Huntsville faces Downbytheseaside in Meadowlands rubber match

The battle for supremacy in the 3-year-old male pacing division moves to The Meadowlands on Saturday night as two of the top three contenders will hook up in the $738,550 Meadowlands Pace.

For just over a year, Huntsville and Downbytheseaside have gone head to head. They were the best 2-year-old pacing colts last year, with Huntsville taking home Dan Patch honors as the top dog, and they entered 2017 as the logical favorites for all of the big dances on the schedule.

As the scene switches to New Jersey on Saturday in the third major race for sophomore pacers, the competitors find themselves battling to see who the No. 1 contender is behind clear-cut leader Fear The Dragon, who is skipping the Meadowlands Pace.

Since June of their rookie season, Huntsville and Downbytheseaside have met up seven times. Each pacer has won thrice, with Huntsville counting the Breeders Crown and Downbytheseaside the Governor's Cup as their Grand Circuit victories, both in 2016.They have finished first and second in every matchup except the 2017 North America Cup at Mohawk where Fear The Dragon won and Huntsville finished second ahead of Downbytheseaside.

With the record deadlocked at three wins apiece and the rivals certain to be the most popular betting options on the toteboard for the ninth race showdown, something has to give.

Huntsville comes into the Pace Final off an easy qualifier-like 1:48 4/5 win in last Saturday's elimination where the top seven finishers earned a spot on the starting gate this week, joining Downbytheseaside, Miso Fast and Classic Pro, who all accepted byes directly into the Final. The victory afforded Huntsville a chance to draw for an inside post position and that was key according to trainer Ray Schnittker.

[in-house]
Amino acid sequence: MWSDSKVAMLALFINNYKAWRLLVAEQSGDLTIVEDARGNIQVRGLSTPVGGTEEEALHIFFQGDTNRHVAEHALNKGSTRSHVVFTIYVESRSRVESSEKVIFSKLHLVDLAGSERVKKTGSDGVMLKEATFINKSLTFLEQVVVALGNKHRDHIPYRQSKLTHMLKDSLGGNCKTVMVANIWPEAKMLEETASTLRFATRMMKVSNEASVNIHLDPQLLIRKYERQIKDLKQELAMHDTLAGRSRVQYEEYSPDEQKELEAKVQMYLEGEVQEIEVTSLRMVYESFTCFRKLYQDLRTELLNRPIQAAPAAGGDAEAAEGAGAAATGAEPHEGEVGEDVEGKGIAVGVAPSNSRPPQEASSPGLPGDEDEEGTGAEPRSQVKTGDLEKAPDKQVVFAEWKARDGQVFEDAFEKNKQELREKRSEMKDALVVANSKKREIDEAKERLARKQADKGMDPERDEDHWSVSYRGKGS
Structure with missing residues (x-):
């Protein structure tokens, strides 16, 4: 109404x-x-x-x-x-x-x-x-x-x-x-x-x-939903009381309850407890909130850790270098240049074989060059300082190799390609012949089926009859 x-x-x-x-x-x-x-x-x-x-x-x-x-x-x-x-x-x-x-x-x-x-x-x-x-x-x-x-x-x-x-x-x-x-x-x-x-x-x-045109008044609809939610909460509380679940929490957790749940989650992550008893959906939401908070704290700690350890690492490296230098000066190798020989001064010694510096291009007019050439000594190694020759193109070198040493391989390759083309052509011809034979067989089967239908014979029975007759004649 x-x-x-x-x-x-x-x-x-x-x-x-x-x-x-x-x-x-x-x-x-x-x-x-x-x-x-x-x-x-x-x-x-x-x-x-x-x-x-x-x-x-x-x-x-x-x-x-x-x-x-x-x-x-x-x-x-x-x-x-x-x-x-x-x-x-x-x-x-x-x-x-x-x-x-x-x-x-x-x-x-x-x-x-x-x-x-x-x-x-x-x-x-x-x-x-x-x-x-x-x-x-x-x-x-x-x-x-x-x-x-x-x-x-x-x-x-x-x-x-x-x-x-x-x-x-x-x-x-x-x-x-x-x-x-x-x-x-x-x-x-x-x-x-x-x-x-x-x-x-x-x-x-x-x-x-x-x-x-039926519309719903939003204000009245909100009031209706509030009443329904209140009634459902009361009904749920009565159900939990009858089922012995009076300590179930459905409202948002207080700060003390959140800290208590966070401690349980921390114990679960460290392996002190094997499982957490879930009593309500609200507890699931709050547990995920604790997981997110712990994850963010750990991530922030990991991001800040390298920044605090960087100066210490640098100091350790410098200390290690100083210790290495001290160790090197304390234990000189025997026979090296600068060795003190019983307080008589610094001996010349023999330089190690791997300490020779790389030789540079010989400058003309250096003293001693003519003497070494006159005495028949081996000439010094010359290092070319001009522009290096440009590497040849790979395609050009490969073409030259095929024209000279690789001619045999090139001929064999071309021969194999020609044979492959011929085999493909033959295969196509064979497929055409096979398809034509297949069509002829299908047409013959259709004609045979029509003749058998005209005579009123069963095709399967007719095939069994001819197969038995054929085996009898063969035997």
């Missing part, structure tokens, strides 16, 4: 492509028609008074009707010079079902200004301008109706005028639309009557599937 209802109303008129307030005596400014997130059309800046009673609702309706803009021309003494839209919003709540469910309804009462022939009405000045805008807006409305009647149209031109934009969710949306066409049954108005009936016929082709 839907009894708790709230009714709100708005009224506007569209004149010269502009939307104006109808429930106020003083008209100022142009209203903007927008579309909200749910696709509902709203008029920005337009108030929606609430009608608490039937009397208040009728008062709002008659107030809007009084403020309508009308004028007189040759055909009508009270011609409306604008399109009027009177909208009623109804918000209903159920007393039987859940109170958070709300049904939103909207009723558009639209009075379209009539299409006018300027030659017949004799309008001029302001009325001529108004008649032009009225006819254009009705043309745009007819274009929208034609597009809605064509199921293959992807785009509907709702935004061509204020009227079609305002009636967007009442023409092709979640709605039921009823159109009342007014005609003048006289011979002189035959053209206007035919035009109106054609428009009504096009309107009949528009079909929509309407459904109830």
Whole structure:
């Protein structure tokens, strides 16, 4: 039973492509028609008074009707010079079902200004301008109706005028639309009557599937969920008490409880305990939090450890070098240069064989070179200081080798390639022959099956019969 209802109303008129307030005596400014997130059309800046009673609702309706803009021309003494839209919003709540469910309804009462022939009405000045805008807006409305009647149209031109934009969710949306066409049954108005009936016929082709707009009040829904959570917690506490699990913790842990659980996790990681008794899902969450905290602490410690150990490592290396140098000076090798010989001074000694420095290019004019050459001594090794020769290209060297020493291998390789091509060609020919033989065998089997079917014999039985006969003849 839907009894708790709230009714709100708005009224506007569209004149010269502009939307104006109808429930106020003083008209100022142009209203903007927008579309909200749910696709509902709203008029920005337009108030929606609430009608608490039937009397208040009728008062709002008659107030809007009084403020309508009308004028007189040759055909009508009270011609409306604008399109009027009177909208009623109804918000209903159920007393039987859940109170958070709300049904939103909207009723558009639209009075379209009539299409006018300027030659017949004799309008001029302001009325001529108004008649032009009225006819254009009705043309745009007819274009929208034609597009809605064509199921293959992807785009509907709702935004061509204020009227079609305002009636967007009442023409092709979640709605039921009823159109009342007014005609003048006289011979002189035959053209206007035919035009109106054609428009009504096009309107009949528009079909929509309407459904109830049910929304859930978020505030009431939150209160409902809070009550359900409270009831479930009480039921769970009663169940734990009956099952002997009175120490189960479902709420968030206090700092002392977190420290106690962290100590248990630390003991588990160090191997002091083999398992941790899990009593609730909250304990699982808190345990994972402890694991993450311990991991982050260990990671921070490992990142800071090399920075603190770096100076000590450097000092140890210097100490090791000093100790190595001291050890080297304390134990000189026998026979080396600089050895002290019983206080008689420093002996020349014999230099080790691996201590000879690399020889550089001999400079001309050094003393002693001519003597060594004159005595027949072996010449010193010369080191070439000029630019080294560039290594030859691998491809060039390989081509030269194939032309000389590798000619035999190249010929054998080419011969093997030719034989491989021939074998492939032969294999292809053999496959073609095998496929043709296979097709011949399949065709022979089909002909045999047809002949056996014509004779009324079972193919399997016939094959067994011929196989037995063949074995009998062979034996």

"I didn't want to take the risk of getting stuck in the 10-hole," said Schnittker, who sends out Huntsville from post four as the even money morning line favorite with driver Tim Tetrick.

"I thought he raced pretty well," he continued. "He had been off a couple of weeks and I'm not a training maniac [doesn't work horses hard between races]. I kind of liked the last 100 feet [of the elimination win] because he was pacing more there than anywhere during the mile."

Perhaps the only negative from the elimination victory was Huntsville's inability to steer straight during the mile. Driver Tim Tetrick could visibly be seen grabbing a tight hold of the left line trying to keep the colt from bearing out.